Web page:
War spurs anger over Israel's military exemption for ultra-Orthodox

AFP , Saturday 2 Mar 2024

As Israelis are called up to join the war on Gaza, anger is mounting at the ultra-Orthodox community which has long been spared the compulsory military service required of most citizens.

Ultra-Orthodox Jewish
File Photo: An Israeli soldier speaks with an old man while an Ultra-Orthodox Jewish man stands nearby in the city of Hebron in the occupied West Bank. AFP


Since October 7, the question surrounding whether the insular community, whose members see army service as conflicting with their religious duties, should be obligated to serve has sparked debate and led to protests against their decades-long exemptions.

"That's how it is when you're a normal Israeli. The whole society has to do its part," said Oren Shvill, one of hundreds of Israelis at a recent demonstration in Jerusalem.

The 52-year-old engineer, who lives in a settlement in the occupied West Bank, is among around 340,000 reservists called up in nearly five months of the Israeli war on Gaza.

Public frustration has heaped pressure on Israeli Prime Minister Benjamin Netanyahu -- long considered a protector of the community -- whose coalition includes the two major ultra-Orthodox parties, Shas and United Torah Judaism.

Last year, his government granted Jewish schools, called yeshivas, an unprecedented budget of more than $1 billion.

Nearby, young Israelis shout "Lazy bunch" and "Parasites" at a group of ultra-Orthodox men clad in traditional black jackets, long beards, and round fur hats.

In response, the men tauntingly launch into prayer and dance, singing "It's better to die than go to the army!"

'Bear the burden'

Since Israel's founding in 1948, Jewish men who studied the Torah full-time in a seminary have been granted an annual deferment from military service until the age of 26, at which point they become exempt.

This was meant to allow a group of 400 young people to study sacred texts and preserve Jewish traditions, much of which had been lost during the Holocaust.

But today, Israel's ultra-Orthodox number is 1.3 million people -- bolstered by a fertility rate of over six children per woman, compared with the national average of 2.5.

Last year alone, 66,000 members of the community were excused from military service.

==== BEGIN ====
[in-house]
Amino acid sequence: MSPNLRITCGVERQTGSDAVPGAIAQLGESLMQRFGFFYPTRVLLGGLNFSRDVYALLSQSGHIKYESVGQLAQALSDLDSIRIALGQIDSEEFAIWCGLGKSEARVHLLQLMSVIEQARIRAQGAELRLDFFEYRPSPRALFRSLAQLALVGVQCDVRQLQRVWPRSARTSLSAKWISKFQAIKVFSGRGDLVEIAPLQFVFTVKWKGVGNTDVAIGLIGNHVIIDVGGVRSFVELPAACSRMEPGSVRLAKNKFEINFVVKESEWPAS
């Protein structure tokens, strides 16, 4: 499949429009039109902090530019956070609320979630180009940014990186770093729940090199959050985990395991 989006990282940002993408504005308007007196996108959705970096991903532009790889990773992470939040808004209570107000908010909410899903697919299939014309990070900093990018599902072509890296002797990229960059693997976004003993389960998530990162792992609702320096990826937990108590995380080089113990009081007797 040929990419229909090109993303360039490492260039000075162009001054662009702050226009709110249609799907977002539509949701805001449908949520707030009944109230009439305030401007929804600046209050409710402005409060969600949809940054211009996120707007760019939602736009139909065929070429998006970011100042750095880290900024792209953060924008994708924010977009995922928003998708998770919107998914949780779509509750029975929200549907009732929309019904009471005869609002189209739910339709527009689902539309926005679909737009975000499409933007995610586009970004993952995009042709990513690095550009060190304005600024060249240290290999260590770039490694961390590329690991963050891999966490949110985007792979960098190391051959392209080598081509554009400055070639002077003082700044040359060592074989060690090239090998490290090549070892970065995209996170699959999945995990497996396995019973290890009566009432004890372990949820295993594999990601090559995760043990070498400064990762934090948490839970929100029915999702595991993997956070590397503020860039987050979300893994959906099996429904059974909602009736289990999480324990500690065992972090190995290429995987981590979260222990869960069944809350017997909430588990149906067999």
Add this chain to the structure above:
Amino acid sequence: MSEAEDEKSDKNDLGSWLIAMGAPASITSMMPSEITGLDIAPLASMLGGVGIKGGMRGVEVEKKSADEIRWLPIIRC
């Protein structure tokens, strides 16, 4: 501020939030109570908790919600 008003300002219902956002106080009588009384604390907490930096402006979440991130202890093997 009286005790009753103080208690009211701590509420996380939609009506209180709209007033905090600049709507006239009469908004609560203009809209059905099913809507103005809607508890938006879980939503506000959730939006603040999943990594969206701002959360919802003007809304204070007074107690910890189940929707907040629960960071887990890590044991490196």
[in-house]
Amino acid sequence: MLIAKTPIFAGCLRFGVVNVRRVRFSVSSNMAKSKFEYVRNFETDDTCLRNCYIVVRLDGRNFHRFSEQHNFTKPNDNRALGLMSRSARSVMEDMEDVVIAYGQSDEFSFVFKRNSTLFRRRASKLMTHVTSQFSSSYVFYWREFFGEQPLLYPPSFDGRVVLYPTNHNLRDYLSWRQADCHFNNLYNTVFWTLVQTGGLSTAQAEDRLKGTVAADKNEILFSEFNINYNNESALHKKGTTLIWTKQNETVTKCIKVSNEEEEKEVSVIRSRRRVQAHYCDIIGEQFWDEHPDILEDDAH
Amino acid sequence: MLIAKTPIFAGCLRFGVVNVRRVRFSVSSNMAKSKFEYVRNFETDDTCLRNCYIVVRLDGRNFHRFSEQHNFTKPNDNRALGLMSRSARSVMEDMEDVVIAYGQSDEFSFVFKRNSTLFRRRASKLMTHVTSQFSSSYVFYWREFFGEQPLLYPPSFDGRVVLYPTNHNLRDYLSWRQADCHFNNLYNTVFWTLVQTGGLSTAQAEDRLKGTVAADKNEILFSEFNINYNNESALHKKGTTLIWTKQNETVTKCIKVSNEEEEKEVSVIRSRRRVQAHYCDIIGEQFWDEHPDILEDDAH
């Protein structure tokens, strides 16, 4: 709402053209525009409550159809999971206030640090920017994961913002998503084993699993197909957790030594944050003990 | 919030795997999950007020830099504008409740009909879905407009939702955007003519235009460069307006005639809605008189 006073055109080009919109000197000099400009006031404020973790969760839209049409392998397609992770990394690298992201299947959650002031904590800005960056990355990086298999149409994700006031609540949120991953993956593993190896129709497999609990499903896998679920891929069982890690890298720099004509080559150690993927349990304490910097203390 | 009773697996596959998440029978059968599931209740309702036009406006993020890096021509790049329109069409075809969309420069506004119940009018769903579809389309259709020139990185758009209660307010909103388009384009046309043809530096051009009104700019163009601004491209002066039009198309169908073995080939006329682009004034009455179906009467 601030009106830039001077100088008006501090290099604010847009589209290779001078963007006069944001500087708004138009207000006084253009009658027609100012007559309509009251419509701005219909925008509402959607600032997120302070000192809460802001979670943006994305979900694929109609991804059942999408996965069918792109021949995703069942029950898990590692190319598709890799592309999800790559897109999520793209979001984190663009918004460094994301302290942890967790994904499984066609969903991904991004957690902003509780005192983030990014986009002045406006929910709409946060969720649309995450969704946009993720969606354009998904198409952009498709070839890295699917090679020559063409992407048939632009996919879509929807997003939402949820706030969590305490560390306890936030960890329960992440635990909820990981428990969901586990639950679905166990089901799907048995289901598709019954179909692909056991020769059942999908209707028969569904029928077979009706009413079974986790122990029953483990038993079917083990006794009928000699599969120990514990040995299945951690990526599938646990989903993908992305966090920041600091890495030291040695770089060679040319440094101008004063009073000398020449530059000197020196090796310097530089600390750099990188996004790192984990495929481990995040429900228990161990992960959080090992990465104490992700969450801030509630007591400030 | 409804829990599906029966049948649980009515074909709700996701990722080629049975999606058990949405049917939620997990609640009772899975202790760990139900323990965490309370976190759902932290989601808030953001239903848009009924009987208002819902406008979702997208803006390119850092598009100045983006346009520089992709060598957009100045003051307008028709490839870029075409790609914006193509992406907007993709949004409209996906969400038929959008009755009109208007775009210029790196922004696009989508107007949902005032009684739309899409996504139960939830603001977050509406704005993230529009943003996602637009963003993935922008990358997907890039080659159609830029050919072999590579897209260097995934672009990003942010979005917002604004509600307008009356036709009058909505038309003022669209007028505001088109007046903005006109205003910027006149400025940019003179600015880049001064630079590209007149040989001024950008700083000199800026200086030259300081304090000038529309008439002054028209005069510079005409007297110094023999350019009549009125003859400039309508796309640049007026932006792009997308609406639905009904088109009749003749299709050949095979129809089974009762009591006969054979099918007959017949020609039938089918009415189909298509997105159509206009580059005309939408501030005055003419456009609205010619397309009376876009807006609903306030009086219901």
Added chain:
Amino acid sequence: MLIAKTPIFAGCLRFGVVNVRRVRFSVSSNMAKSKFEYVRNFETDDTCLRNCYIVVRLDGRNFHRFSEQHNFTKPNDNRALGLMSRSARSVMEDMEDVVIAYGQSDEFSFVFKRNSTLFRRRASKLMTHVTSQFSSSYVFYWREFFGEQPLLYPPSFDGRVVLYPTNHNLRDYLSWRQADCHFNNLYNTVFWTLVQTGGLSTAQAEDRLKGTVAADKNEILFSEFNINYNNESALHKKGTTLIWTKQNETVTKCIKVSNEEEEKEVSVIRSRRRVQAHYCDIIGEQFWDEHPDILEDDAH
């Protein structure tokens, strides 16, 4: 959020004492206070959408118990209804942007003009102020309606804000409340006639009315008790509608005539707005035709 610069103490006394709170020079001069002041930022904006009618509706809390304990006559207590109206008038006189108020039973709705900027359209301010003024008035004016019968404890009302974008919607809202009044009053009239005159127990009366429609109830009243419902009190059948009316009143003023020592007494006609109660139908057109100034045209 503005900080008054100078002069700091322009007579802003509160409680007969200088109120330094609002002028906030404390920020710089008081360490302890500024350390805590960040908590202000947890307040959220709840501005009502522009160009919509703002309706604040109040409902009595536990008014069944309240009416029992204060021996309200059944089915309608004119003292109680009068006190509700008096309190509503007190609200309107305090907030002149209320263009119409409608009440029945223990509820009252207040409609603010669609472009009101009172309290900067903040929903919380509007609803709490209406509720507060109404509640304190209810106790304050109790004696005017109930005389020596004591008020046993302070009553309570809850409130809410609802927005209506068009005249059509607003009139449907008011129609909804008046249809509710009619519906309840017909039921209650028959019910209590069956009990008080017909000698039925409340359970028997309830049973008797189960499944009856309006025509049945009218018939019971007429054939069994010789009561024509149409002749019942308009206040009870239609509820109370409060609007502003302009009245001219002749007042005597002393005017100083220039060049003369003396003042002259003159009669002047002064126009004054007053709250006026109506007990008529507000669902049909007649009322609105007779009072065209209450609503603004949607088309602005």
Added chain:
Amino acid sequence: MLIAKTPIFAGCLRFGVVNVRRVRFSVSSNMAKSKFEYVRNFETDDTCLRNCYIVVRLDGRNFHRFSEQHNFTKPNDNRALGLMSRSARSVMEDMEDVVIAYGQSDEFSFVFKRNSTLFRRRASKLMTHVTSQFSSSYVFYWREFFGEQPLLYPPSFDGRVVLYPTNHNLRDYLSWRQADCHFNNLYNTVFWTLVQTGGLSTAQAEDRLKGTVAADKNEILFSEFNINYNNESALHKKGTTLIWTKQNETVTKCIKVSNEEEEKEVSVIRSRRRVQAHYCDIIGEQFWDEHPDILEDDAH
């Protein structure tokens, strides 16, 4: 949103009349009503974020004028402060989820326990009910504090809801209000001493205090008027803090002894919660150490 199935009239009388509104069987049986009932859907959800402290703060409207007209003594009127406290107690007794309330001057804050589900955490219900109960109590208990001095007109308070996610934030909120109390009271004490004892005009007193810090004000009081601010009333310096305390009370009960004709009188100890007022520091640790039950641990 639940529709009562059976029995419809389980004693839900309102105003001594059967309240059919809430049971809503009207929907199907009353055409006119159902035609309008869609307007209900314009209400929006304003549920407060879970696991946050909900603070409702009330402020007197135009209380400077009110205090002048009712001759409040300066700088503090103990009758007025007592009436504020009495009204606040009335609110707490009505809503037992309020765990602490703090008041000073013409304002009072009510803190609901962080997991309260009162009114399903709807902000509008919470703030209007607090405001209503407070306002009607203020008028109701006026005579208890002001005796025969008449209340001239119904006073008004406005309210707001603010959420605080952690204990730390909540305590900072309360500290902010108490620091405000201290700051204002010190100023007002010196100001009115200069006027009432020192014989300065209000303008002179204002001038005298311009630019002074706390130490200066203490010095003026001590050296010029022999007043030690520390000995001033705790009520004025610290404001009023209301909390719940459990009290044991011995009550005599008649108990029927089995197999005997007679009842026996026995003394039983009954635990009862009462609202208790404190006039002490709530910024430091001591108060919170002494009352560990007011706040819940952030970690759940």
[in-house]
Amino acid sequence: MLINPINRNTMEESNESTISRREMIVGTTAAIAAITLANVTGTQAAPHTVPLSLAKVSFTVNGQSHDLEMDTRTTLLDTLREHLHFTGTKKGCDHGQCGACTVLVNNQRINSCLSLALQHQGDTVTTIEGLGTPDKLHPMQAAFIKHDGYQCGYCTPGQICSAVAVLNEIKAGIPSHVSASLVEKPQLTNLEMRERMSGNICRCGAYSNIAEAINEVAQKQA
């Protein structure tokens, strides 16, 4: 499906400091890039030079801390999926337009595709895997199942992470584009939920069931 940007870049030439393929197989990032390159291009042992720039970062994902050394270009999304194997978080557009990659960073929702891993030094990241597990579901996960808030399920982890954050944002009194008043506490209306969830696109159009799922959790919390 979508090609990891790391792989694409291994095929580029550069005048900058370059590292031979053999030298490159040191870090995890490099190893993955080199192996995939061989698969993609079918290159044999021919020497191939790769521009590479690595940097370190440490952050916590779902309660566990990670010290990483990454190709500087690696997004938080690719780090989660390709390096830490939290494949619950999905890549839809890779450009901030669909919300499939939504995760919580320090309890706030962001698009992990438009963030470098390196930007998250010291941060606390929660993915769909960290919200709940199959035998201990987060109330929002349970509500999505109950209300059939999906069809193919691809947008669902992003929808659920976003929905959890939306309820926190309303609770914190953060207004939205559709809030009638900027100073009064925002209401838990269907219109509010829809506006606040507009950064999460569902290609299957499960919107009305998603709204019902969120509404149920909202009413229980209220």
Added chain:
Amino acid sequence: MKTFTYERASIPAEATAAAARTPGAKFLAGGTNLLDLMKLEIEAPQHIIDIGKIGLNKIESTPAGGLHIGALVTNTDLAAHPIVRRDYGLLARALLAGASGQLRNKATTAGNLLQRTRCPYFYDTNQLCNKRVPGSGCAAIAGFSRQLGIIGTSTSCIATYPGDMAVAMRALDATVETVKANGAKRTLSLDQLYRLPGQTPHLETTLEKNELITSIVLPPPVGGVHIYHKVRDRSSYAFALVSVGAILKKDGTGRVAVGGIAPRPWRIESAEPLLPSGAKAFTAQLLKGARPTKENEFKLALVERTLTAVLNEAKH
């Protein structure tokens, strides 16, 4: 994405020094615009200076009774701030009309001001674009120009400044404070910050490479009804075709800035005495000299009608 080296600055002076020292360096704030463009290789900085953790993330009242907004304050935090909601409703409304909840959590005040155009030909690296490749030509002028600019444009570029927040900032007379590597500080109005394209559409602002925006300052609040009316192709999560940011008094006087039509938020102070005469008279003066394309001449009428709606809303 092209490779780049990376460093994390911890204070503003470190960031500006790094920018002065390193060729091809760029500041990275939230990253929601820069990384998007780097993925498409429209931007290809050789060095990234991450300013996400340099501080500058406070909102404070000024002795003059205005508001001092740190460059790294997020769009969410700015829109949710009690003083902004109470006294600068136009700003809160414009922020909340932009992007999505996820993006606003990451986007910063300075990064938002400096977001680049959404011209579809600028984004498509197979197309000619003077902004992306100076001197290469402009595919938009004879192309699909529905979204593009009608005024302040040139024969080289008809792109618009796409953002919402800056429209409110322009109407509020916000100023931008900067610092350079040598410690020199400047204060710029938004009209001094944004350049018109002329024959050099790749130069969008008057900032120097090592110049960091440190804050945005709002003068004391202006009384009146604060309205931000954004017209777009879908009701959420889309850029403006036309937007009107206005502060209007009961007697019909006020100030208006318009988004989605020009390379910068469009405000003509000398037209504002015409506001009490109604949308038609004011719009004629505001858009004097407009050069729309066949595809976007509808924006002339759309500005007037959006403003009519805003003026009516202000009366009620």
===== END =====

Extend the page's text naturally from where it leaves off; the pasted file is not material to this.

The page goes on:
The army has pleaded for more troops following October 7.  

Israel's war on Gaza has killed at least 30,320 people, mostly women and children, according to Gaza's health ministry.

The army, which says it has lost 242 soldiers in Gaza since launching a ground invasion on October 27, also intends to increase the duration of conscription from 32 to 36 months for men.

On Wednesday, Defence Minister Yoav Gallant dropped a political bombshell by calling for an end to the long-time exemptions.

"We must all bear the burden," he said.

The following day, Netanyahu said he intended to "find an agreement for (the ultra-Orthodox) to join the army or the civilian service, even if not everyone will be satisfied".

But he cautioned that doing so during the war would "block everything", collapsing his coalition and triggering elections.

The close-knit community, whose members mostly interact and marry among themselves, says its religious and traditional values would be compromised when engaging with the broader society within the army.

Additionally, many ultra-Orthodox are apprehensive about military service due to the potential requirement to mix with members of the opposite sex, which 23-year-old yeshiva student Shmuel says is "forbidden by the Torah".


'Fish out of water'

Yehuda Chen, another ultra-Orthodox Jew from Jerusalem, said they will "fight against this at all costs."

"Taking a boy out of yeshiva is impossible, it's like taking a fish out of water. In a minute, it dies," he said.

However, according to Tomer Persico, a religious researcher at the Shalom Hartman Institute in Jerusalem, the community has already become increasingly engaged in Israeli society.

Between 20 and 30 percent of ultra-Orthodox have entered wider society over the past 30 years through working at companies, or through civil service or social activities.

Among them, just over 1,000 enlist in the army each year, despite the risk of being ostracised by their community.

More joined after October 7, but there was no massive shift in enlistment.

But according to a former high-ranking officer, the army is also not rushing to enlist them.

"They are not good fighters, and we don't have time, amid war, to take months to train people without education other than a religious one," he told AFP, speaking on condition of anonymity.

Betzalel Cohen, a moderate ultra-Orthodox rabbi from Jerusalem, said there may be room for compromise.

The state and the community should agree on "reasonable and progressive goals" to integrate the young people into the army, he said.

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